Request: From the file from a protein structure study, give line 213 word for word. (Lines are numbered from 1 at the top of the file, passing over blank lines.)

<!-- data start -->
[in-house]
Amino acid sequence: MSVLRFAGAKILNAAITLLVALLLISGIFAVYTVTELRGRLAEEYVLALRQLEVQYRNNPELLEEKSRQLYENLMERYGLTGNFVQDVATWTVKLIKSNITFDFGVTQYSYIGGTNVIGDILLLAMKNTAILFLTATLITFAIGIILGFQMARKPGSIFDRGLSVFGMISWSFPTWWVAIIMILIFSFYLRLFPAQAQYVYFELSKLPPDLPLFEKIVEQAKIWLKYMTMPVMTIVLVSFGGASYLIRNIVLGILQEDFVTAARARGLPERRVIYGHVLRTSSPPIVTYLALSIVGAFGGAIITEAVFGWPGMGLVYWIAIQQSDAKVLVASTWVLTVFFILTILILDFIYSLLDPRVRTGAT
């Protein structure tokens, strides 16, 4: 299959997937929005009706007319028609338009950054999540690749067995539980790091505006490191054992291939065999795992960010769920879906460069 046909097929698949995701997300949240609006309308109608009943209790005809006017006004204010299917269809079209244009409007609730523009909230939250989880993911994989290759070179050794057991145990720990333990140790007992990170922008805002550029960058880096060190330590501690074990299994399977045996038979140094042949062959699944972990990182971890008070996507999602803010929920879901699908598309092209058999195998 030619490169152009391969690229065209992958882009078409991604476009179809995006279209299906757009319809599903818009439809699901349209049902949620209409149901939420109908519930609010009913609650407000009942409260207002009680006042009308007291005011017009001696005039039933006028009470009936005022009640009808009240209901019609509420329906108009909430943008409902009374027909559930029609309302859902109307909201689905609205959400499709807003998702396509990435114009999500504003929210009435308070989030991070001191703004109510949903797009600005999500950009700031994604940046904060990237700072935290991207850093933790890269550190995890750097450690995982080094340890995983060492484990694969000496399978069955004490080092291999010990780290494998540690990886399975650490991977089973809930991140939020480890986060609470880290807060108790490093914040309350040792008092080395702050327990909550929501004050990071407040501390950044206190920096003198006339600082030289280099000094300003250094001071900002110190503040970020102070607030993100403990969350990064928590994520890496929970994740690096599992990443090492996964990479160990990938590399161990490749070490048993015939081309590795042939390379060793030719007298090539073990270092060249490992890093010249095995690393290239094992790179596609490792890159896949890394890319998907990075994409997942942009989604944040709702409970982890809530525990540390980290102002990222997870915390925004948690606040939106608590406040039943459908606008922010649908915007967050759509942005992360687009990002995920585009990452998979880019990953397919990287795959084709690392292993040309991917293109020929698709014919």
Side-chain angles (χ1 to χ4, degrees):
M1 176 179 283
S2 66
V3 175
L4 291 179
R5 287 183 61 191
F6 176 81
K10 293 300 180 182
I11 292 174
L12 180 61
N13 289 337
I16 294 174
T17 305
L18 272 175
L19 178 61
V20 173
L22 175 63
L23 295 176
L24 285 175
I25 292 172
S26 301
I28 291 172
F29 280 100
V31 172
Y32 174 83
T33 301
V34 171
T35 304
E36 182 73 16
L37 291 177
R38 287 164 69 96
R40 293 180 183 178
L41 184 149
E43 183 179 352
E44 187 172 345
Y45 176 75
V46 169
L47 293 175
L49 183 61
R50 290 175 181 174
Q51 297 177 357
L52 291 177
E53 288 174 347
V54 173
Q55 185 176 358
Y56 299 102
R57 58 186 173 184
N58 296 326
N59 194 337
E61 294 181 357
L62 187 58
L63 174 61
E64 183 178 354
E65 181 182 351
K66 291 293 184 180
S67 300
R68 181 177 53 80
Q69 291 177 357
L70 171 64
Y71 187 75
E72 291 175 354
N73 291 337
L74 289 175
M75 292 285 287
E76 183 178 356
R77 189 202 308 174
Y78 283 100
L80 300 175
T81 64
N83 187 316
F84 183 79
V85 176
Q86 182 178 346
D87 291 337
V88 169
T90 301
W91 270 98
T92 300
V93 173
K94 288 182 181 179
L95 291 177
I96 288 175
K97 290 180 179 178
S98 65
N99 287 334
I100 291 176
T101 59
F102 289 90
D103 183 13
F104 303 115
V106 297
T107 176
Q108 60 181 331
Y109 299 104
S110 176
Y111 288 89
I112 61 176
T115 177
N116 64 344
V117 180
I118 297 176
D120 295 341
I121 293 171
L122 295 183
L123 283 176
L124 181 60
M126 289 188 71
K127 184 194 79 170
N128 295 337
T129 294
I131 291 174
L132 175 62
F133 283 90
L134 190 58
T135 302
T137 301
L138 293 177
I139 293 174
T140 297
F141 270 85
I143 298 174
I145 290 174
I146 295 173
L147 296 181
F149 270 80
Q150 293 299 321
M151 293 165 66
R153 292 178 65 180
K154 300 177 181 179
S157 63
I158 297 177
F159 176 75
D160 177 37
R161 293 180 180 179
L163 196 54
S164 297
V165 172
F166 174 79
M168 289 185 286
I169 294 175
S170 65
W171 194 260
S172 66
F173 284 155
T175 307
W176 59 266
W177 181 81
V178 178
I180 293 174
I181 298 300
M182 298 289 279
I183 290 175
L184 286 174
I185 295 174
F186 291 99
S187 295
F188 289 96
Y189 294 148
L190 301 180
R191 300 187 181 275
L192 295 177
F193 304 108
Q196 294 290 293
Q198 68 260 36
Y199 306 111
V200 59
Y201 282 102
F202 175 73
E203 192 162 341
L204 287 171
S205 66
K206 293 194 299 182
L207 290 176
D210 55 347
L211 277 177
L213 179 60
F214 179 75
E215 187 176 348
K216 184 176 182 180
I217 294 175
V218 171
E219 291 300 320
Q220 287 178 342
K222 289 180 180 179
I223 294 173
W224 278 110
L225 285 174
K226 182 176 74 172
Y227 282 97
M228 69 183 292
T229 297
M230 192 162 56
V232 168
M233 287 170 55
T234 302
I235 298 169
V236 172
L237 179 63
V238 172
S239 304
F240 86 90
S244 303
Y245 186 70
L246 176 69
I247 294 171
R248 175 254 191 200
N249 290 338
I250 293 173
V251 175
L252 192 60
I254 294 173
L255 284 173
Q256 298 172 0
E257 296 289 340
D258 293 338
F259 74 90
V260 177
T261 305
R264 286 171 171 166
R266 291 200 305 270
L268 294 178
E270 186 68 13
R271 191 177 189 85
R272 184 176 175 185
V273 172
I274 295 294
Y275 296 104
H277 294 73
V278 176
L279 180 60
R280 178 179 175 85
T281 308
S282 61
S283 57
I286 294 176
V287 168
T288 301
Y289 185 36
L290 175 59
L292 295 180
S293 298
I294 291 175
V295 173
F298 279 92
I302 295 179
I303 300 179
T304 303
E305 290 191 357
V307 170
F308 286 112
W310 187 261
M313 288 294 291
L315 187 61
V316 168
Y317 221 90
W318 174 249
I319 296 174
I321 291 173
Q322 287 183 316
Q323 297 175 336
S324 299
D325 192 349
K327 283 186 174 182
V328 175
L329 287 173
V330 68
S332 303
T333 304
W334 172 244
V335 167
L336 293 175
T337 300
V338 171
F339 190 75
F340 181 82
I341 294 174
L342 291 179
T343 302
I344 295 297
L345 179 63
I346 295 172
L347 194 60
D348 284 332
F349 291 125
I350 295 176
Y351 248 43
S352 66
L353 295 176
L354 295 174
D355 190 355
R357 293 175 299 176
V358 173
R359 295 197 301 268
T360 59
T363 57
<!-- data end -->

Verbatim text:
L252 192 60